With international flights being diverted and passengers being processed as far away as Xi’an before being allowed to return to Beijing, returning to the capital is already no walk in the park. And that’s all prior to starting a 14-day quarantine in the facility of the government’s choosing, to be footed entirely by the individual (at RMB 200-600 per day). Now, passengers must face another hurdle upon arrival: being tested for the coronavirus.
As the number of imported infections continues to grow, it appears that the city found it necessary to implement wider testing measures on people coming in from other countries, reports Beijing News. As of Mar 25, all international arrivals will now be subject to mandatory nucleic acid testing (NAT), which was previously administered only on arrivals suspected of possible infection.
Why nucleic acid tests?
The nucleic acid test, which all international arrivals will now be subject to, is not always completely accurate and may in some cases give false negatives. So why use them? Well, even though other tests or diagnostic methods such as chest scans are more accurate and may even give faster results, they tend to be reserved for patients who are seriously suspected of infection. The nucleic acid test is simply easier to administer on a large scale.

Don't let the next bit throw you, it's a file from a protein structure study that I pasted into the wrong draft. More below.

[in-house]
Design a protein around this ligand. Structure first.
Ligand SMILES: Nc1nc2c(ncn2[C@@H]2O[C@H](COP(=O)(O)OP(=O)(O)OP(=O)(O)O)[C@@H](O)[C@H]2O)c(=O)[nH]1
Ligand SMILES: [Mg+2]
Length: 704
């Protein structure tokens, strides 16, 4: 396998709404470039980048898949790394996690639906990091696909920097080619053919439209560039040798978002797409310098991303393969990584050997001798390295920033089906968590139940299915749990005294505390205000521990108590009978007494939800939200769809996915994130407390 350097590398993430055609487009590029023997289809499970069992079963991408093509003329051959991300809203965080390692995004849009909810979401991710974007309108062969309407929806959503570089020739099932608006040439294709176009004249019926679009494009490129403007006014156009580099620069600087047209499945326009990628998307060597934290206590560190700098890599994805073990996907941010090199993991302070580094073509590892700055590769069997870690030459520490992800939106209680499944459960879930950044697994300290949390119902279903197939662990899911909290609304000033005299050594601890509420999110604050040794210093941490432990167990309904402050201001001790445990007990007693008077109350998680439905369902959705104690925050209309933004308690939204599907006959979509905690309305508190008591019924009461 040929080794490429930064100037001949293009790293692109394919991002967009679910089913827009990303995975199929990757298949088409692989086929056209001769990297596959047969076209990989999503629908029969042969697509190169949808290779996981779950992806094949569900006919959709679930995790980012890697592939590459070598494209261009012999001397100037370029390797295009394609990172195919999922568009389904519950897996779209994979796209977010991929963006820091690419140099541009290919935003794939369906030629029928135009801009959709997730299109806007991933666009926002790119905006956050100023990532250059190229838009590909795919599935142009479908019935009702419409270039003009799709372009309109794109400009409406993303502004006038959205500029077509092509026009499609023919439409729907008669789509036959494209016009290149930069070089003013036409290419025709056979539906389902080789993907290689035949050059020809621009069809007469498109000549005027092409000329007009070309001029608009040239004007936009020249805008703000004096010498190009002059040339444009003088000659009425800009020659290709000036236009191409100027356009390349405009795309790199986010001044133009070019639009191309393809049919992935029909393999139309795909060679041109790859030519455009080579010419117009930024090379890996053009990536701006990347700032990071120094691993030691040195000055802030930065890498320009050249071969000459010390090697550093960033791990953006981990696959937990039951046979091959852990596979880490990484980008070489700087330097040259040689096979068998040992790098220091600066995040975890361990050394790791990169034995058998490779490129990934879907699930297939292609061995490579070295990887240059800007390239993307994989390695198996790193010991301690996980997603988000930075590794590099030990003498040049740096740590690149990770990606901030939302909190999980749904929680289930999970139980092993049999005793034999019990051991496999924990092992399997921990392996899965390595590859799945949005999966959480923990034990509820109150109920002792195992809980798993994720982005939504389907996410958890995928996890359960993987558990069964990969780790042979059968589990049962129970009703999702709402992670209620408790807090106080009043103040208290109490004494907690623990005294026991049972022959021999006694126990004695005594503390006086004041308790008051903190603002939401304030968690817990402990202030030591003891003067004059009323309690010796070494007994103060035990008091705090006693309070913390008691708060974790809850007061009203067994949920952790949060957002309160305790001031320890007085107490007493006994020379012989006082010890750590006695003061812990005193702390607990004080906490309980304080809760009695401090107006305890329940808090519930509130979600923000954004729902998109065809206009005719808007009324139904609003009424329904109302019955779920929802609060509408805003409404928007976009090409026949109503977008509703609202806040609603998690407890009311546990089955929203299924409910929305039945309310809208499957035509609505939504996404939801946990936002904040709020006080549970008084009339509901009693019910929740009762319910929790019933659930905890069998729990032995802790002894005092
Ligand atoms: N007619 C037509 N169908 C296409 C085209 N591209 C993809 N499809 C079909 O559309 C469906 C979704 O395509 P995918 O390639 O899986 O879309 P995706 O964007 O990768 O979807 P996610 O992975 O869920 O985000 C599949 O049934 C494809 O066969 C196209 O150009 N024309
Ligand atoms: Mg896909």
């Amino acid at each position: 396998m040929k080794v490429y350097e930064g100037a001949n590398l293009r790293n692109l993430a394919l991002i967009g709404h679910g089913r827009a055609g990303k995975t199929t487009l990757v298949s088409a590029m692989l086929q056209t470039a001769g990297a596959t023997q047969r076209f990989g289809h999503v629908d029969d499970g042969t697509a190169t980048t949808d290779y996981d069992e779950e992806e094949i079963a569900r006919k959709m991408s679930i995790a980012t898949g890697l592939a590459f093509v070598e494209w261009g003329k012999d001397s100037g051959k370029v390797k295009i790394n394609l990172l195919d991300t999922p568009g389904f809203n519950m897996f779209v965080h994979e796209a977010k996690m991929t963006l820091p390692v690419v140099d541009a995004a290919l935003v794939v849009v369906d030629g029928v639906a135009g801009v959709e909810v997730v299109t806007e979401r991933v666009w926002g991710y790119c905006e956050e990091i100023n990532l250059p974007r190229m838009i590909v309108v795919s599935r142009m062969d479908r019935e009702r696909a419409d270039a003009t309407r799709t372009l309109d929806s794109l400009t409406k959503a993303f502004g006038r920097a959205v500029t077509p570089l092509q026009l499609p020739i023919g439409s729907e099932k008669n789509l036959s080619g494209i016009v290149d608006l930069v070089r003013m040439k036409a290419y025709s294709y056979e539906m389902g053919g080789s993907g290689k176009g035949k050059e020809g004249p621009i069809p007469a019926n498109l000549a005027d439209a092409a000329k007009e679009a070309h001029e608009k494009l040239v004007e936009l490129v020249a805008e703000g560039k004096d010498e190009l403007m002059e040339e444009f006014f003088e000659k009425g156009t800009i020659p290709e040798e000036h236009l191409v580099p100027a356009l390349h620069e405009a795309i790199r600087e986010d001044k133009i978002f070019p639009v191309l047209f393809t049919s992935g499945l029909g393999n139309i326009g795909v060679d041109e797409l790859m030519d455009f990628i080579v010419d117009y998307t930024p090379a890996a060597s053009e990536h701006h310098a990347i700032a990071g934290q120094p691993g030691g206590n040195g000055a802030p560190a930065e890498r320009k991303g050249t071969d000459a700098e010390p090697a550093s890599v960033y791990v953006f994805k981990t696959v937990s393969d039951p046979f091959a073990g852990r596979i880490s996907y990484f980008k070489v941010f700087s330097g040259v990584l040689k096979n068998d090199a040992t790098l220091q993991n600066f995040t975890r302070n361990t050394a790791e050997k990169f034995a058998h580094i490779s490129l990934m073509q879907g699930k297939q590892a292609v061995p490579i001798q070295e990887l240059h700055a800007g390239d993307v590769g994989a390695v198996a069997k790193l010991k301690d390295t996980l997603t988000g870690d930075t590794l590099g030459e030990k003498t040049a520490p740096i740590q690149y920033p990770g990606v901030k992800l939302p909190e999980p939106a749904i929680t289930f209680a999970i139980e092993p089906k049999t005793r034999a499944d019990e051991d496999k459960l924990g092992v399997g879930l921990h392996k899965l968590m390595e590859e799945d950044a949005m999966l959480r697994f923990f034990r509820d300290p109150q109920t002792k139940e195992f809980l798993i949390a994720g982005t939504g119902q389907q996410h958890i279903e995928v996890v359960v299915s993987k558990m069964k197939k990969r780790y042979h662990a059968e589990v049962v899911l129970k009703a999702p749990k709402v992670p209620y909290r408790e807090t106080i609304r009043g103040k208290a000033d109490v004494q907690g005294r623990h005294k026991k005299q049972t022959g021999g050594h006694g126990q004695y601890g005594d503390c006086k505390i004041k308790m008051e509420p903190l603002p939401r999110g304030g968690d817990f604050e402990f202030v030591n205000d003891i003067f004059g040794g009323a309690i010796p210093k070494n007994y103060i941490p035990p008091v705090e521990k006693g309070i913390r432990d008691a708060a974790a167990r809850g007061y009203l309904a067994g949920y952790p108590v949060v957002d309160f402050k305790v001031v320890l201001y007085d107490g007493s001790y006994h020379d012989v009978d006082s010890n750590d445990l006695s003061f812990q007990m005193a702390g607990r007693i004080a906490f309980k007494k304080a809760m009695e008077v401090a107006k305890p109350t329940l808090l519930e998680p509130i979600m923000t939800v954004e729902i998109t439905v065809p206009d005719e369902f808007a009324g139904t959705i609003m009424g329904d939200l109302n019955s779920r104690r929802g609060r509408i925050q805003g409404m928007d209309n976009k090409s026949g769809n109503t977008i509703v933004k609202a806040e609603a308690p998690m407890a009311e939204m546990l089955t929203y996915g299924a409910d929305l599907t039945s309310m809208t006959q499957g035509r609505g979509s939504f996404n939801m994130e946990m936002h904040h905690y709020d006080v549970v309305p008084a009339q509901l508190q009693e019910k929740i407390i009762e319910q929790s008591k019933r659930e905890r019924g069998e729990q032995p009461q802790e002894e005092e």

What should test recipients expect?
Generally, the nucleic acid test is performed using what is known as a nasopharyngeal swab, which is a painless, but not entirely comfortable procedure. (Be warned, if you’re squeamish about things going up your nose, do not scroll down to look at the gifs below.)
After checking the nasal cavity for obstruction, the test administrator will insert a swab deep into the nose of the patient, and turn the swab several times in order to obtain a sample to be tested.
The test will then be sent to a laboratory for testing, and the results should be ready within several days.
Images: The Wall Street Journal, The Joint Commission (via YouTube)